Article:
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Proposed bill would allow some school districts to keep more funds local


Elizabeth Medora

NORTH VALLEY – Representative Heather Carter has introduced HB2001 this session, which would allow non-state aid school districts that don’t have overrides in place to keep more funds local. This bill would not be an additional tax; essentially, it redirects some of the taxes already being collected so they’re used locally.

This bill would affect several Arizona school districts, including the Cave Creek Unified School District. Currently, CCUSD and the other affected districts’ taxpayers contribute to the State Equalization Tax fund, which evens out funding among Arizona school districts.

“The established formula aims to “equalize” per-pupil spending among school districts, taking into account student enrollment and property values. Under the current school finance formula, school districts receive approximately the same amount of funding per pupil,” Arizona Senate Research Staff wrote in an October 2016 State Senate Issue Brief, ‘Arizona’s School Finance System’.

However, CCUSD and other districts in similar situations don’t receive state aid, they’re paying into the general fund, and they don’t have the added financial cushion of an override. HB2001 would allow these non-state aid districts without an override to keep more of that funding generated by their local tax bases. Under HB2001, these affected districts would receive the average funding per pupil of neighboring districts’ overrides.

“About 3 years ago, our CCUSD school district taxes dropped so low, that the state started assessing an additional tax on our homeowners called “Additional Education Aid—Cave Creek” as part of our tax bills. This tax collects about $5.4 million dollars that goes out of the district and into the General Fund,” CCUSD Superintendent Dr. Debbi Burdick wrote in a March 2017 Superintendent’s Message. “CCUSD is a “non-state aid” district, meaning that our CCUSD taxes pay for our schools and we do not receive our funding from the General Fund. However, almost all school districts and all charters do get their funding from this fund. So, our additional tax is funding our district neighbors who also have overrides, but none of this tax goes to support CCUSD schools. We would like to keep funding generated by our community in our community.”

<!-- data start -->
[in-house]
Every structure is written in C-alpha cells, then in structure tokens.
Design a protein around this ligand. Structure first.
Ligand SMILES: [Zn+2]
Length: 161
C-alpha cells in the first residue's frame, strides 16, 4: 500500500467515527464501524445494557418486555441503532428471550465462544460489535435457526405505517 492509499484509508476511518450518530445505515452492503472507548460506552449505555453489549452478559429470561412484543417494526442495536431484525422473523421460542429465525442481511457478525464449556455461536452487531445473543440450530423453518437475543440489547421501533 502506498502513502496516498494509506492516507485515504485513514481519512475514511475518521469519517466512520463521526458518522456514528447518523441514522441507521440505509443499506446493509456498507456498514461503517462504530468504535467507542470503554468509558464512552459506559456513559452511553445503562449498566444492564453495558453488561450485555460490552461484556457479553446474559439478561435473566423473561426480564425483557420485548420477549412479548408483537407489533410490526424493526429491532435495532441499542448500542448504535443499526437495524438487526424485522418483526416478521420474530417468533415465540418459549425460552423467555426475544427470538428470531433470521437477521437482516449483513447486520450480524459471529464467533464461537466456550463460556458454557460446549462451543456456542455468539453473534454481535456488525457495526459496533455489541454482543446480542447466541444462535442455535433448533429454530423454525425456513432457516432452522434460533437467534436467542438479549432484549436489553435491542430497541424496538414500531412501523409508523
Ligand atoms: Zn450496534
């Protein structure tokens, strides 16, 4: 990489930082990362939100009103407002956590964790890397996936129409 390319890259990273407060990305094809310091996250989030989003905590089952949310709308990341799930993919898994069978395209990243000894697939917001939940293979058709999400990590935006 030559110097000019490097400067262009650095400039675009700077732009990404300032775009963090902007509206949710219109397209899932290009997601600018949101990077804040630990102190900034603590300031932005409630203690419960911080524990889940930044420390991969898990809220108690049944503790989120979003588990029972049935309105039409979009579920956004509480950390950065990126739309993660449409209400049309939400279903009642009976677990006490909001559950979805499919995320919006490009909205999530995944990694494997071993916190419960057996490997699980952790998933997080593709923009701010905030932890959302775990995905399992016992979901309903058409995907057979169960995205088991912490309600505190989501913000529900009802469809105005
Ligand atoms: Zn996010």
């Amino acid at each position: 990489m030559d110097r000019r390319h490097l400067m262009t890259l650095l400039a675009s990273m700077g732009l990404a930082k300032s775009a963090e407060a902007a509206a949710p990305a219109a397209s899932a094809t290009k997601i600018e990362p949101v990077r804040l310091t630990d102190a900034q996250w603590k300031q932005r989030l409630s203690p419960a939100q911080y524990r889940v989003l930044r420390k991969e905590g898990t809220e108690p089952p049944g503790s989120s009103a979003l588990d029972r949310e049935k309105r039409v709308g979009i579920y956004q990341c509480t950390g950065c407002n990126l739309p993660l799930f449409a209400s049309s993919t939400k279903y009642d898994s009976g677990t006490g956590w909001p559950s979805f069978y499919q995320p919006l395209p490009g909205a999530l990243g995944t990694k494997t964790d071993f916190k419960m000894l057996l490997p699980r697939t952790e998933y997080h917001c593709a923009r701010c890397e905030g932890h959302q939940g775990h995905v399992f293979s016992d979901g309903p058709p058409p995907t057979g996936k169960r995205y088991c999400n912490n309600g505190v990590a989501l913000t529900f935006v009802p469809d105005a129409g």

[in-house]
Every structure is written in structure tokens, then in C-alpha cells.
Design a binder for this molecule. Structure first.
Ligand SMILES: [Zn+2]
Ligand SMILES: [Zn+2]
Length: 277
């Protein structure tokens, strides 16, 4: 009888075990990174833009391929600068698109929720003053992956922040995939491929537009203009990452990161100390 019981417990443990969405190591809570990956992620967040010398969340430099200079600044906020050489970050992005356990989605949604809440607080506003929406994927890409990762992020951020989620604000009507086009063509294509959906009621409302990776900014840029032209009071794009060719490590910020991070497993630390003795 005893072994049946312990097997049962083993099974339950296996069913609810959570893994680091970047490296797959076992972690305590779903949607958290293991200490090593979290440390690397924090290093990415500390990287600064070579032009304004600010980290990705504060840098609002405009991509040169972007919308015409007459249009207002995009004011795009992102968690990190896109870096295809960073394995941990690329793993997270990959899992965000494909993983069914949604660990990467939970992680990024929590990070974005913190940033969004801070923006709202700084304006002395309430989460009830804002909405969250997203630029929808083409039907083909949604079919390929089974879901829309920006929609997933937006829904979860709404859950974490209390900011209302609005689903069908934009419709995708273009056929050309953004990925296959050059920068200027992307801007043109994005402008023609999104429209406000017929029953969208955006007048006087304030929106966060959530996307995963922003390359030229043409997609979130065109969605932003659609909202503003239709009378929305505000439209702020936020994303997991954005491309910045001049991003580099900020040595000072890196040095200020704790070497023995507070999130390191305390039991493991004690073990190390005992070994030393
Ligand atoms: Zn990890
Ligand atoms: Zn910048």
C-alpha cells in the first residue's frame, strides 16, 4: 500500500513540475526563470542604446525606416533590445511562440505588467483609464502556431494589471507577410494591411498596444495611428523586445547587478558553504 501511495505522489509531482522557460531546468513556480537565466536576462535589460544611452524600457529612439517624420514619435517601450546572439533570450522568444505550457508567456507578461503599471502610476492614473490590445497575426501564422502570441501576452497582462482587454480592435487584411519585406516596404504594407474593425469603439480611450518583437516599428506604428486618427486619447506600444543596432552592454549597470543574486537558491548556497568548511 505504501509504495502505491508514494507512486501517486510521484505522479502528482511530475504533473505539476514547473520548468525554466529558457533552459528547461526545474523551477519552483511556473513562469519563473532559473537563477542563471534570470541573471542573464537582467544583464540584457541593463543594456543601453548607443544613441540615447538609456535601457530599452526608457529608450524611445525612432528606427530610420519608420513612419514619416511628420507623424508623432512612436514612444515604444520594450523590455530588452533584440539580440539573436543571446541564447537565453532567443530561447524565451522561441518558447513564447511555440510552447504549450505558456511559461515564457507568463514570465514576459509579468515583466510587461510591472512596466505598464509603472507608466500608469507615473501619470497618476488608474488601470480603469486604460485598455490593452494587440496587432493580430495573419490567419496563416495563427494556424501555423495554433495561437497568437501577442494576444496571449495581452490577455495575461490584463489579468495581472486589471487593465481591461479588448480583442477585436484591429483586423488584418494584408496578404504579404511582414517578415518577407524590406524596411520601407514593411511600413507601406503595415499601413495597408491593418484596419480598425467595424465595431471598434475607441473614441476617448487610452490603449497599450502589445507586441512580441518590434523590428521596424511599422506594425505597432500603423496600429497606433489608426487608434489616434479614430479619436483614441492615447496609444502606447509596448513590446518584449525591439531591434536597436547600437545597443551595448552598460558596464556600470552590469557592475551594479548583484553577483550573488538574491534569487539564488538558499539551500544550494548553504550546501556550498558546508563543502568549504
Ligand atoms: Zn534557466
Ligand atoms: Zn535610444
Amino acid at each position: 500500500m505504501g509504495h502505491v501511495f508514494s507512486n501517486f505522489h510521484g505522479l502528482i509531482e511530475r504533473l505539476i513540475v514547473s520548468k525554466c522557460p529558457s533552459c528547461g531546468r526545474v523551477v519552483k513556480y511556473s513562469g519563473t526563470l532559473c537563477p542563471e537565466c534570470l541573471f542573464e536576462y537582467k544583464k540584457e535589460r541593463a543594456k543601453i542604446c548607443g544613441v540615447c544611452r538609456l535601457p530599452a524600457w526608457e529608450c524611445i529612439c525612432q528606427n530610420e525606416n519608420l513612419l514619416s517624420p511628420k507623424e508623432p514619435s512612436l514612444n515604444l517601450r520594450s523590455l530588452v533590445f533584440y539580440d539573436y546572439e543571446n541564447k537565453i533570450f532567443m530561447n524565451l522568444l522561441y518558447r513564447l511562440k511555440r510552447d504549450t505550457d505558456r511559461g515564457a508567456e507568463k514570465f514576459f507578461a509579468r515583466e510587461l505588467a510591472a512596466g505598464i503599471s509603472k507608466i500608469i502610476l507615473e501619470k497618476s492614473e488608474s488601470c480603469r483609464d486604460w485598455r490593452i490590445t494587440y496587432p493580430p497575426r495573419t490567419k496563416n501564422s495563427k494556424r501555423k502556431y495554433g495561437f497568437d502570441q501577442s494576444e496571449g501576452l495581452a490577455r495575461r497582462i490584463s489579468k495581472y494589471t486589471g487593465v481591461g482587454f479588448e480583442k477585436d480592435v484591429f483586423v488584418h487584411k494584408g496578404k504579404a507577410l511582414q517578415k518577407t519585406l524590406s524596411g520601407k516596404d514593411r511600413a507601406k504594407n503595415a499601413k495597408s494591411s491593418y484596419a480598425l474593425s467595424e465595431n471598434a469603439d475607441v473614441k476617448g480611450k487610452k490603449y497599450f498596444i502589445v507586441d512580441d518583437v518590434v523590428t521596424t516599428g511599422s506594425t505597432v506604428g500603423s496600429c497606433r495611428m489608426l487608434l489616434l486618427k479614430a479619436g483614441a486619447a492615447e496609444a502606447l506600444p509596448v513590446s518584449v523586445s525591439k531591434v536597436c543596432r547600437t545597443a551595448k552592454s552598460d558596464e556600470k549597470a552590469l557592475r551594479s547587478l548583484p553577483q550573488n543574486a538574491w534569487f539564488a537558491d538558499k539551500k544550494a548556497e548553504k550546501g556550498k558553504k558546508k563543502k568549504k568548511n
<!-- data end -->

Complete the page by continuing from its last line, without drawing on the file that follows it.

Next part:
All the districts that, at this time, would be affected by HB2001 are small; CCUSD is the largest of the group, with approximately 5,400 students. If HB2001 goes through, it only applies to school districts that don’t have overrides in place and would no longer apply to any of the currently affected school districts if they passed an override in the future. If the bill passes, CCUSD would be able to keep an additional $3.9 million per year of the money that’s already being collected from the community in the district.

“It wouldn’t change anything for our taxpayers from what they’re currently paying,” Burdick explained in a phone interview. “It keeps CCUSD tax money in CCUSD.”

CCUSD has been battered financially many times over in the past decade; since the state incorporated a large housing area with no student population into the CCUSD, the district has never passed an override. Their administrative staff has been cut repeatedly, including a 24 percent decrease in administrative staff in 2008. Teacher pay has been consistently low, and the district has had to cut back on support staff, including nurses, counselors, and librarians.

Despite the financial cuts, the district continues to receive excelling ratings and has developed some of the state’s most innovative language immersion programs. Burdick credits this success to the teamwork and dedication of CCUSD’s staff. If HB2001 passes, the plan in CCUSD is to use those extra funds to reduce class size, raise teachers’ salaries, and bring back some of the support staff.

“We have fantastic people here in CCUSD who are truly in education for the right reasons,” Burdick said. “We would just love to be able to compensate them a little more, and also reduce our class sizes.”

Local residents who want to share opinions on HB2001 can email their legislators and let them know how they feel about the proposition; see contact information at

Read more about HB2001 at